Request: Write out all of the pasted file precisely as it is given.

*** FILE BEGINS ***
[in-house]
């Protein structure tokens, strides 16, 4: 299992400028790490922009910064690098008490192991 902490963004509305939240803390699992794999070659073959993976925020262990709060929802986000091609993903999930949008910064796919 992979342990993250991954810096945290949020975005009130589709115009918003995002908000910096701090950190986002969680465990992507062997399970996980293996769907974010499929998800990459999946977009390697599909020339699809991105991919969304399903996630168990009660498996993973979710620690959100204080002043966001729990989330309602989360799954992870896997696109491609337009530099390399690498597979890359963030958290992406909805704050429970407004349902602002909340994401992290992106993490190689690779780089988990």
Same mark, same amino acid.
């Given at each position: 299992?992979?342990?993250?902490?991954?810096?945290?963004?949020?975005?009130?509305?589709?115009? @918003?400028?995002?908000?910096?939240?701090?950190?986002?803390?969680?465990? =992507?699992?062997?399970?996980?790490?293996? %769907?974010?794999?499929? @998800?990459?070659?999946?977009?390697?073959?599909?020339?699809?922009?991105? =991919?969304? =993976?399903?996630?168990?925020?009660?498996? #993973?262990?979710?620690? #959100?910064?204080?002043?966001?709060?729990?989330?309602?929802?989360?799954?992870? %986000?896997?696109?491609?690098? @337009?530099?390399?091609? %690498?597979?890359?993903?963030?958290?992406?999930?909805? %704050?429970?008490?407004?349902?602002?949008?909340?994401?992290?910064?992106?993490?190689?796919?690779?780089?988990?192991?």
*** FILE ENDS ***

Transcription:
[in-house]
């Protein structure tokens, strides 16, 4: 299992400028790490922009910064690098008490192991 902490963004509305939240803390699992794999070659073959993976925020262990709060929802986000091609993903999930949008910064796919 992979342990993250991954810096945290949020975005009130589709115009918003995002908000910096701090950190986002969680465990992507062997399970996980293996769907974010499929998800990459999946977009390697599909020339699809991105991919969304399903996630168990009660498996993973979710620690959100204080002043966001729990989330309602989360799954992870896997696109491609337009530099390399690498597979890359963030958290992406909805704050429970407004349902602002909340994401992290992106993490190689690779780089988990």
Same mark, same amino acid.
């Given at each position: 299992?992979?342990?993250?902490?991954?810096?945290?963004?949020?975005?009130?509305?589709?115009? @918003?400028?995002?908000?910096?939240?701090?950190?986002?803390?969680?465990? =992507?699992?062997?399970?996980?790490?293996? %769907?974010?794999?499929? @998800?990459?070659?999946?977009?390697?073959?599909?020339?699809?922009?991105? =991919?969304? =993976?399903?996630?168990?925020?009660?498996? #993973?262990?979710?620690? #959100?910064?204080?002043?966001?709060?729990?989330?309602?929802?989360?799954?992870? %986000?896997?696109?491609?690098? @337009?530099?390399?091609? %690498?597979?890359?993903?963030?958290?992406?999930?909805? %704050?429970?008490?407004?349902?602002?949008?909340?994401?992290?910064?992106?993490?190689?796919?690779?780089?988990?192991?």